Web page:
By Calli Ferguson | September 14, 2022

Meet Girl Gang: the supportive creative studio whose live events seriously rock. When Nicole Kimchik and Hakisha Dissanayake were coming up in NYU’s music business program and facing similar frustrations with the industry, they bonded in the bathroom line at a mutual friend’s New York City gig. It was a conversation that would spark their brand, Girl Gang, which today supports and connects an entire network of creatives. 

We got to catch up with Girl Gang’s co-founders late this summer to talk about their journey, the inspiring work they do, and issues within male-dominated industries that make communities like theirs so important. So without further adieu groovers, here’s Nicole and Hakisha on how their pre-pandemic idea for an all female lineup, “the girl gang show,” became a full-fledged creative studio helping to bridge creatives across disciplines.

Can you start by sharing the story of how you guys came up with the idea for Girl Gang?
We were both looking to tap into connecting with female or non binary musicians, you know? And talent in that realm. Because I feel like–at least in the spaces we were a part of– it was incredibly male-dominated. So that was something right off the bat, we wanted to change about the spaces we were trying to get into. Going off that conversation we’d had a couple of times, we knew we wanted to throw this all female lineup party.

Nicole: We kind of wanted to explore this idea of doing something more than just a standard  concert and trying to support a variety of different creatives that would fall under the umbrella theme. 

The first show that we were going for was an all-female lineup. We had five [acts] lined up that were going to kick off the summer season, all in different venues around New York. And [as for] the marketing that was going on…we were just two college kids booking these gigs and people were like: Who are you? What? What’s going on? 

As we were pitching the first show, we started calling it this “girl gang” show. And it was actually supposed to be on 4/20 in 2020. Obviously, the pandemic had started so the show didn’t end up happening. But, we had created a little bit of buzz around this name. And we had this Instagram. We had all these creatives that we were supposed to be working with all summer in a way that we weren’t gonna be able to do the ways that we traditionally knew how. We kind of had to take a moment during the pandemic and that first Zoom semester.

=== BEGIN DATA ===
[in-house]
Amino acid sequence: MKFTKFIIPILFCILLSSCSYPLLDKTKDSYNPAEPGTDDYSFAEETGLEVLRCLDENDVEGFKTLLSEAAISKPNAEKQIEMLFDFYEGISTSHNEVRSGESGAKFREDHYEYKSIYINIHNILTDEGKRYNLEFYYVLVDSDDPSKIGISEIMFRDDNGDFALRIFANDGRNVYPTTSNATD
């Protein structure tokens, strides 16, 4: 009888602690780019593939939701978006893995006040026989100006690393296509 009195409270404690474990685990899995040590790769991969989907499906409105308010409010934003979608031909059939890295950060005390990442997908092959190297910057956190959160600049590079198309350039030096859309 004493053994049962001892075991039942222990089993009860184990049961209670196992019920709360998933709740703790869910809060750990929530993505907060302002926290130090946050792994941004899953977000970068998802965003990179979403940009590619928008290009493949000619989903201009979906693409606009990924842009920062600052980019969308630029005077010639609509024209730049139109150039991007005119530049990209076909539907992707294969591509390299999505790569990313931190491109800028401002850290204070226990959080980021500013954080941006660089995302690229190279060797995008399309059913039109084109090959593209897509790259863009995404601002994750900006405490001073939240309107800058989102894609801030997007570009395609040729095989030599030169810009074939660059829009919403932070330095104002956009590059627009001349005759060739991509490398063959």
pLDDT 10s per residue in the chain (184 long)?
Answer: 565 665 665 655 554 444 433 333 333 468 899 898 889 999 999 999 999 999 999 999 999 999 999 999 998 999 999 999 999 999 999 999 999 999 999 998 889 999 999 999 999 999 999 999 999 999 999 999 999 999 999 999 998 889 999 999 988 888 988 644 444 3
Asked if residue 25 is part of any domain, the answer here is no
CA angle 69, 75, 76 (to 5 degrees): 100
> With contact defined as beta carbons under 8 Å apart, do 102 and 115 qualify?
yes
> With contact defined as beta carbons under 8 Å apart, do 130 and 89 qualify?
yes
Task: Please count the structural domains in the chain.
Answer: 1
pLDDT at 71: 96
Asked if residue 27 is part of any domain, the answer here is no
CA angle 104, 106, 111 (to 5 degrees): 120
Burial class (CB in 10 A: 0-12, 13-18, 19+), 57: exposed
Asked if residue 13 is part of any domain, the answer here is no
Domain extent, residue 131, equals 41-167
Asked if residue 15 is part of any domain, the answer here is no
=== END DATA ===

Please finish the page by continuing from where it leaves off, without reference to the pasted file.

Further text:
We looked around at the people that we were in rooms with, and half the creatives were like, “Wow! Look at all this free time, I’m starting all these new hobbies and things I’m dabbling in. This is amazing.” And then the other half of the room was like, “I’m severely depressed… How are you surviving?” 

So we just started DMing people. Everyone was at home across the country. We just started checking in and asking questions about what people were up to. And Girl Gang started out as a space just to support what people were doing at home…to try to create maybe a little inspiration for those people who are feeling stuck, maybe create some new connections, maybe allow people to collaborate with creatives that they may not have across the country. And that’s where we initially started as we were waiting out the pandemic, and then it sort of just snowballed to what we do today.

Hakisha: As we were growing our community, a couple of people started reaching out to us for design help or things like that. And that sort helped us evolve into a creative studio. We were–for the first time–connecting creatives with opportunities that would help them grow their resumes and build experience. 

Nicole: That became part of our overall mission. We’re here to support. We want to highlight and shed light on creatives who might not be getting light shone on them. So we typically cater to underrepresented, marginalized creatives. We are based in New York, but we do work with creatives all across the world.

We’re essentially now…we call ourselves a “creative studio,” but we’re community-based. So clients come to us with things like if they need to tie the loose end for a project, or they need to build a missing piece, or they want to start something from the ground up. [Then] Shika and I will look at our community, build out a team from the creatives there, and then work with the client and see the project all the way through. So it’s definitely about providing those opportunities and putting people in spaces to grow professionally.